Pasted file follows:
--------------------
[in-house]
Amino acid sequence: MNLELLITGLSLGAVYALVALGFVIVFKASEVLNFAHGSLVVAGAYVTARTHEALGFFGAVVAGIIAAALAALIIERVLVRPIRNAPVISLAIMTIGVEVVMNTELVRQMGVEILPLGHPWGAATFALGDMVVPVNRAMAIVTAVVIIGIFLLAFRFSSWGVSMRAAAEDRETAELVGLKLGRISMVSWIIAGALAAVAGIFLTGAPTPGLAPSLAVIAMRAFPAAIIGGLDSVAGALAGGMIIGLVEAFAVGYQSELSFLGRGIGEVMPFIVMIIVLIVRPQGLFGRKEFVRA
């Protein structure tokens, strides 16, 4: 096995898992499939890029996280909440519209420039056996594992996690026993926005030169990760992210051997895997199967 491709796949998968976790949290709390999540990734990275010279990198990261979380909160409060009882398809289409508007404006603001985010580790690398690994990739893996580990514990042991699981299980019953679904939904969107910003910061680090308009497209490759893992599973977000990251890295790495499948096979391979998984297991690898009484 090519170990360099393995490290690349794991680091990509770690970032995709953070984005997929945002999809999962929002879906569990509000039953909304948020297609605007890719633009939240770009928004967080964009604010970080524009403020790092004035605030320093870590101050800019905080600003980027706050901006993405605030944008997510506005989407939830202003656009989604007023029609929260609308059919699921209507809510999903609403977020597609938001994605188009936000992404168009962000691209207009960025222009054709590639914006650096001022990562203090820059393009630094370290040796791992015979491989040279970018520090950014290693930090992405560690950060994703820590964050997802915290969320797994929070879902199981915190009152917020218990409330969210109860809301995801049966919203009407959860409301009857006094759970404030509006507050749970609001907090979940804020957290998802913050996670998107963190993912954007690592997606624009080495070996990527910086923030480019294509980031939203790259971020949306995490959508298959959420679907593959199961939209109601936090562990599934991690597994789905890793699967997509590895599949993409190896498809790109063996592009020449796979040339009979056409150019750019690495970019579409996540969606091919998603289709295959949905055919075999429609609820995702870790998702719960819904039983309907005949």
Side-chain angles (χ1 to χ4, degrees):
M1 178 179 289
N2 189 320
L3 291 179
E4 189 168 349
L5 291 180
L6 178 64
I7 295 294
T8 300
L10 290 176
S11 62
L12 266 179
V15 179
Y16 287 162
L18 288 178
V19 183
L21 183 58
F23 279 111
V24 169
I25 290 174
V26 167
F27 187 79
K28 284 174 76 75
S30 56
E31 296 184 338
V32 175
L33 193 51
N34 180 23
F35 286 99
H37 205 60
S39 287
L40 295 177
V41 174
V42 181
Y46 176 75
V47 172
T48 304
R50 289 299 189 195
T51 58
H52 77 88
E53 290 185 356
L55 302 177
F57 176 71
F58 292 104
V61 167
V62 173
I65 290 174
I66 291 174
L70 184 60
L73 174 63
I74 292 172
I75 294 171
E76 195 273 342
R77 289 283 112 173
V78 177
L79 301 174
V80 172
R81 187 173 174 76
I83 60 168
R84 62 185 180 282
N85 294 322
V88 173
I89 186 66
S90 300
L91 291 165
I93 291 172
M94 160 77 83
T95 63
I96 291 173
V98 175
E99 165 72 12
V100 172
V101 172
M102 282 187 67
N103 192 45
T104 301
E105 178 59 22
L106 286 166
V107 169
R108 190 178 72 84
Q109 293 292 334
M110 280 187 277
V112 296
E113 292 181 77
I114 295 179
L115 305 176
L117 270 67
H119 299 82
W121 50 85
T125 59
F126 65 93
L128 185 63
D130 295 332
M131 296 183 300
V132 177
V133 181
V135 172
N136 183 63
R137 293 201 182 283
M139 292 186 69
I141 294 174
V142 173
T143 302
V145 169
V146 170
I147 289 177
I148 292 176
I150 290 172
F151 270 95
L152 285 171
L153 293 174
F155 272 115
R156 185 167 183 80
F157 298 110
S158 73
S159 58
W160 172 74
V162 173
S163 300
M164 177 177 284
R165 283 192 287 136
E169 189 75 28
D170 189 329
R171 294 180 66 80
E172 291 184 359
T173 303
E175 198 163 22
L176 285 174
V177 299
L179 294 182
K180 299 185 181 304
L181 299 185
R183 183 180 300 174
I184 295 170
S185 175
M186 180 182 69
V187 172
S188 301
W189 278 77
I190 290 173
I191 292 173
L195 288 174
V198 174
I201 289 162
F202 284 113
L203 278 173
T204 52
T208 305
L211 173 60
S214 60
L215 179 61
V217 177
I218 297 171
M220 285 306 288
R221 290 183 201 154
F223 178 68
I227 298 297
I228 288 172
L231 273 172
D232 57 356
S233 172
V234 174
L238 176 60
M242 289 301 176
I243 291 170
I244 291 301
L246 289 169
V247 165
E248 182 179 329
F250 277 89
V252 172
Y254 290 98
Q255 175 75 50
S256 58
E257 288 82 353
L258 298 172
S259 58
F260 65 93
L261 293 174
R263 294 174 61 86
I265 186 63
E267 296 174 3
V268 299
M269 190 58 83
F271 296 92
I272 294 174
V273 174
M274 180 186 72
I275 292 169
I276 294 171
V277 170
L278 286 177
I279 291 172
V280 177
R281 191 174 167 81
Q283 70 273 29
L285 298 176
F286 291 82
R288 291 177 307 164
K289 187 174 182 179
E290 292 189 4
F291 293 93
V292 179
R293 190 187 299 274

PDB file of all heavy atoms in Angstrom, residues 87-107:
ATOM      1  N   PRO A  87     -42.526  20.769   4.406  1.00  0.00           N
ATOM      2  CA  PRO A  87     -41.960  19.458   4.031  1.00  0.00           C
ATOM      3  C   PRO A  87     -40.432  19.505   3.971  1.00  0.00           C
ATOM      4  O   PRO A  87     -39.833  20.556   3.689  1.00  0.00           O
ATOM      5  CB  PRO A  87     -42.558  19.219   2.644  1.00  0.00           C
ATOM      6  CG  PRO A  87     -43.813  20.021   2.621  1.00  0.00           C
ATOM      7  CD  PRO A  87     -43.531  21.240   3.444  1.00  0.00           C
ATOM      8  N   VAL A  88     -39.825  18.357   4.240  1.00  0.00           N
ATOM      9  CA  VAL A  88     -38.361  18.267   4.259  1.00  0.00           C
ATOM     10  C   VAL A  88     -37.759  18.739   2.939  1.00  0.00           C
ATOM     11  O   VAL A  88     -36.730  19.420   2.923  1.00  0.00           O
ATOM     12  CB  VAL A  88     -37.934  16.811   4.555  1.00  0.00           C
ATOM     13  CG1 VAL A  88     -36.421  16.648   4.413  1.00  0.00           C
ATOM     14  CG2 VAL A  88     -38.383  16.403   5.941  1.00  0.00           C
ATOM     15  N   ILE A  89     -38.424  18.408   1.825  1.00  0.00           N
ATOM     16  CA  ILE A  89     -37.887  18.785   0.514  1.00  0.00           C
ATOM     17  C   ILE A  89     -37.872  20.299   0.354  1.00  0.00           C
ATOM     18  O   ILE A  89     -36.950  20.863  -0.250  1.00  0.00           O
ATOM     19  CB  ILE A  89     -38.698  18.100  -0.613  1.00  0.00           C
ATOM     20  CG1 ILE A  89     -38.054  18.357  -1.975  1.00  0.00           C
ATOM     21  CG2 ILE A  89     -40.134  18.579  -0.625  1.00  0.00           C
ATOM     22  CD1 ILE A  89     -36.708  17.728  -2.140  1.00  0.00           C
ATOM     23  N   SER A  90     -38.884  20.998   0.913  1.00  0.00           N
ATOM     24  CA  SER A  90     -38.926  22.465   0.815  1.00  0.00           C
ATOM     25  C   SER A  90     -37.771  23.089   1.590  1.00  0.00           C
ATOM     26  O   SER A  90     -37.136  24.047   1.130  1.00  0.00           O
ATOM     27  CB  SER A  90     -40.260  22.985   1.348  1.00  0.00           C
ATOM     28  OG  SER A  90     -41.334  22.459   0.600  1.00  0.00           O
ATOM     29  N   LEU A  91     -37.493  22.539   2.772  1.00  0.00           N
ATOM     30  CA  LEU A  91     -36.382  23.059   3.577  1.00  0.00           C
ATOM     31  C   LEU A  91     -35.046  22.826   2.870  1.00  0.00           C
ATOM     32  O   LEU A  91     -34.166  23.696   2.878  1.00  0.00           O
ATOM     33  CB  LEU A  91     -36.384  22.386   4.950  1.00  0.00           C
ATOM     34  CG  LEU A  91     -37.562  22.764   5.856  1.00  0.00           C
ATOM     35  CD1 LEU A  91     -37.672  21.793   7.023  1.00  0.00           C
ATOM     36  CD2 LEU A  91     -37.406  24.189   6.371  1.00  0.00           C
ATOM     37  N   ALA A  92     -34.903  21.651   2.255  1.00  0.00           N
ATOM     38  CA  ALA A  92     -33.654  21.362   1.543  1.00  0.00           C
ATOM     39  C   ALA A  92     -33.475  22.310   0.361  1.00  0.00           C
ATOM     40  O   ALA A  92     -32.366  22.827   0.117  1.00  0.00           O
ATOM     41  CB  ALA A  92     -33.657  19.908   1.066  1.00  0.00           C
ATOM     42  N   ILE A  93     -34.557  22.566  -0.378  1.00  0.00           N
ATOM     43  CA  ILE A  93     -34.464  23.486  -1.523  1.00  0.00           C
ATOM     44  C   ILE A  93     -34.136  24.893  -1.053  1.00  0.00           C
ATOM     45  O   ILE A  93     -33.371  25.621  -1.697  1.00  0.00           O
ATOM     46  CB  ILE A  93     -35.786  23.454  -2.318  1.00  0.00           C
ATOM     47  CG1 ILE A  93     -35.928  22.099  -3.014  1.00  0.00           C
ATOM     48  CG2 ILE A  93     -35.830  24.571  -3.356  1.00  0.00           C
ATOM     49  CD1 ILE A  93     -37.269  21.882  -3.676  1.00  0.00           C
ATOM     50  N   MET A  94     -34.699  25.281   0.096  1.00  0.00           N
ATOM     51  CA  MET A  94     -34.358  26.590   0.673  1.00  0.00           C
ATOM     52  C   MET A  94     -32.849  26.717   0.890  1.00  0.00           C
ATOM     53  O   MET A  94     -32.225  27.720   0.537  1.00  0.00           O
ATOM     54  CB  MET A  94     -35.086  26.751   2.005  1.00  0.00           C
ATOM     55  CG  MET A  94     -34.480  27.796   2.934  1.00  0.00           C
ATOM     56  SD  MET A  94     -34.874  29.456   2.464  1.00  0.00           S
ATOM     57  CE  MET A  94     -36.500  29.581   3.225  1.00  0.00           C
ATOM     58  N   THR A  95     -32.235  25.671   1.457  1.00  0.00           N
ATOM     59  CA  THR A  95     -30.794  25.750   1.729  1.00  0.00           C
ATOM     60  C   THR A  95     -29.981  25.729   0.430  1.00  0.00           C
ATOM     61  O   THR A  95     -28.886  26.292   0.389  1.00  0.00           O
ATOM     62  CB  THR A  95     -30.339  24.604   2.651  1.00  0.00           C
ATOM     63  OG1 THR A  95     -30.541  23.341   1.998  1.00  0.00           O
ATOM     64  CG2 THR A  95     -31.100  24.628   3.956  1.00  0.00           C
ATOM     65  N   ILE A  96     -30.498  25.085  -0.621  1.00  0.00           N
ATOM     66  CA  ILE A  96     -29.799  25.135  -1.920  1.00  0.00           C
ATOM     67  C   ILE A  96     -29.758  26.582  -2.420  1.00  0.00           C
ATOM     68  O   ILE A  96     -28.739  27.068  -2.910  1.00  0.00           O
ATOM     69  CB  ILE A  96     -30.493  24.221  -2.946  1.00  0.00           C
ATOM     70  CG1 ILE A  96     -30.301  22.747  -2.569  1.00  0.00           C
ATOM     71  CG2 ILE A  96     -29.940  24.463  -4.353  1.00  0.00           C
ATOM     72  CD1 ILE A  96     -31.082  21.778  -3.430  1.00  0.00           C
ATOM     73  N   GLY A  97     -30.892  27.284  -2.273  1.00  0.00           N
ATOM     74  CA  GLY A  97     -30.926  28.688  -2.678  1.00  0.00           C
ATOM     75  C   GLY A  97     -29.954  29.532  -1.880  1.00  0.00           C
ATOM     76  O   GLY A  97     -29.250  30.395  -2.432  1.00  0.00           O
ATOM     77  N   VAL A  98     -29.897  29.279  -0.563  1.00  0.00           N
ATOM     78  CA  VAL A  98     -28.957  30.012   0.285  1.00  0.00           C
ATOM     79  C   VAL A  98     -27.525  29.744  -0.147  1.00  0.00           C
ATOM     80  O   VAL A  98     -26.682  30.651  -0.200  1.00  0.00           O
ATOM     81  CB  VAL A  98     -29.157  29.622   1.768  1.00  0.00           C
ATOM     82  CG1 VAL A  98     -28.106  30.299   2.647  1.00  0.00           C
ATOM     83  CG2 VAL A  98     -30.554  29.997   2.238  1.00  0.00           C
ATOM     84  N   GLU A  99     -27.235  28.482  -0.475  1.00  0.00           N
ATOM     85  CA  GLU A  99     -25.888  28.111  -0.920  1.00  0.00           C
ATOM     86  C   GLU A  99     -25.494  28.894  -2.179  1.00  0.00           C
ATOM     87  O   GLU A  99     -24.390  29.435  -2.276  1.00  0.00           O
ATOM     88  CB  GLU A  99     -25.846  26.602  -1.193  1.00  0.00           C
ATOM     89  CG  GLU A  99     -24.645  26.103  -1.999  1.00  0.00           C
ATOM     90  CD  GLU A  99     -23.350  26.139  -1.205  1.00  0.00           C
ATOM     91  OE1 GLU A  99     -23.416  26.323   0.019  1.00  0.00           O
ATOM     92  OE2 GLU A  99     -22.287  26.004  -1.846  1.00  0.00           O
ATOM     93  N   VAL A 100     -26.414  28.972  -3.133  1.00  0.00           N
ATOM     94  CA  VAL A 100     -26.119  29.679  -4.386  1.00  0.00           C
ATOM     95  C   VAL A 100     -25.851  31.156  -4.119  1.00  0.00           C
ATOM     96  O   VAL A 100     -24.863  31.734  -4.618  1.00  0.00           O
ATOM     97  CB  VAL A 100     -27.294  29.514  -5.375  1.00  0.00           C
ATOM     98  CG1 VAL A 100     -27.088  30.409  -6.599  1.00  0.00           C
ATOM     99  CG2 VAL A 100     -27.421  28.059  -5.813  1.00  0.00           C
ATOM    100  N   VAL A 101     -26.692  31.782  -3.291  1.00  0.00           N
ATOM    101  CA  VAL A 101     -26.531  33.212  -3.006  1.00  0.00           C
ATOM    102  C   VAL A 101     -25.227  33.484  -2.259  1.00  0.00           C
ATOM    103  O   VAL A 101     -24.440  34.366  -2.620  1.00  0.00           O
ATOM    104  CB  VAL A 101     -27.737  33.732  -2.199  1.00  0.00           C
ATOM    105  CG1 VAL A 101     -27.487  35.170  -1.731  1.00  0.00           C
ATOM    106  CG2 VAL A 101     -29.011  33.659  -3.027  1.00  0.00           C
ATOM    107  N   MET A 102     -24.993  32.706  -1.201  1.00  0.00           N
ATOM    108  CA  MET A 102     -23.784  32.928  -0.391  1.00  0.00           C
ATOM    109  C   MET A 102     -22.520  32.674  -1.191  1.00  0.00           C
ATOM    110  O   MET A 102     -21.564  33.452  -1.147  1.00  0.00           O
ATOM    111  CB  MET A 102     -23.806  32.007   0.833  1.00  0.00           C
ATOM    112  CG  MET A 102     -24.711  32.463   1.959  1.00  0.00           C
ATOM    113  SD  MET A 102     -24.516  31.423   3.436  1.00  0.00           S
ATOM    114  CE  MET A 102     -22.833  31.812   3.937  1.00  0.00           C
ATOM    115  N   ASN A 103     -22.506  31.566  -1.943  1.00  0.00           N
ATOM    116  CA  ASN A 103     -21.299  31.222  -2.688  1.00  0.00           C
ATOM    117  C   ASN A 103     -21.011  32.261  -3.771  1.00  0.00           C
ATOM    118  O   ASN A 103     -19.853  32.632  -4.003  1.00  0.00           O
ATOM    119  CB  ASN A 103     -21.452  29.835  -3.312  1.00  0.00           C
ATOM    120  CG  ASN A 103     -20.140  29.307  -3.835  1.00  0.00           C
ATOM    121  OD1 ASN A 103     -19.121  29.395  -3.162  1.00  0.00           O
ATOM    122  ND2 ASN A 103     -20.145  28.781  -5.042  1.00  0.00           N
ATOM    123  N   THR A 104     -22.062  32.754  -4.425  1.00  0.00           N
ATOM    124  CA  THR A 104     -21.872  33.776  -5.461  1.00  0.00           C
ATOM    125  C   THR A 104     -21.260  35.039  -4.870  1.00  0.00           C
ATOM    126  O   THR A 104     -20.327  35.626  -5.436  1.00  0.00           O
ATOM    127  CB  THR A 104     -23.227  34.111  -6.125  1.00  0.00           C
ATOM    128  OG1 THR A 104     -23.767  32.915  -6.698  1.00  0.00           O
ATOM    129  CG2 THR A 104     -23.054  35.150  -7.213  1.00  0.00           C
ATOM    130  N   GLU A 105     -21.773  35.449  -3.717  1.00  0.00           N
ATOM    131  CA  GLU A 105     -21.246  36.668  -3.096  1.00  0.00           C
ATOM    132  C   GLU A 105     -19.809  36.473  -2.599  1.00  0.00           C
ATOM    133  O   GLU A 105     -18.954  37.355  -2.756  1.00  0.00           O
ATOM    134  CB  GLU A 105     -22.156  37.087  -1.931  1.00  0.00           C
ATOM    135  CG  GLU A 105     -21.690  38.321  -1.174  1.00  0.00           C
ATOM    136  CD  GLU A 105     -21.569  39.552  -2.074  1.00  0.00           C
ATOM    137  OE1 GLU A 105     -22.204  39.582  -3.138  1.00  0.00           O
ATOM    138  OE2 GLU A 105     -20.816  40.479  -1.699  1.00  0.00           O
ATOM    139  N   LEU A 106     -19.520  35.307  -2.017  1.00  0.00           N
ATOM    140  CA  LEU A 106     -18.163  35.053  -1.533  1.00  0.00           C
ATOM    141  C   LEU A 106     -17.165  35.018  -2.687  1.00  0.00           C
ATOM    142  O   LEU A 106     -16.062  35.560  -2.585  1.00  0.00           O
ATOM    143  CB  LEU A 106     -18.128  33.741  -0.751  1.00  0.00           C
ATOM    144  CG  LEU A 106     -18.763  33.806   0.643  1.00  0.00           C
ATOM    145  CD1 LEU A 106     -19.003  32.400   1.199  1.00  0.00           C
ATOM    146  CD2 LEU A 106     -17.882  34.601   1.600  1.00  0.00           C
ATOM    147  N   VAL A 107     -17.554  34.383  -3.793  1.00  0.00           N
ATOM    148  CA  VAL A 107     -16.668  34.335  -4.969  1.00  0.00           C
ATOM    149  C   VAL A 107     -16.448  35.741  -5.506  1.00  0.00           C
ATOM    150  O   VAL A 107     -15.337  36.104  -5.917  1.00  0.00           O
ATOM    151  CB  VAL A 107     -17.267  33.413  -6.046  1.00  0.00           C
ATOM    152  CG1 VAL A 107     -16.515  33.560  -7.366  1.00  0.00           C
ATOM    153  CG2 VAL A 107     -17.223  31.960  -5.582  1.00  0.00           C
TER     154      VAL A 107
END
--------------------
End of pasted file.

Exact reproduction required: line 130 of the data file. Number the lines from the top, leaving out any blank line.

E175 198 163 22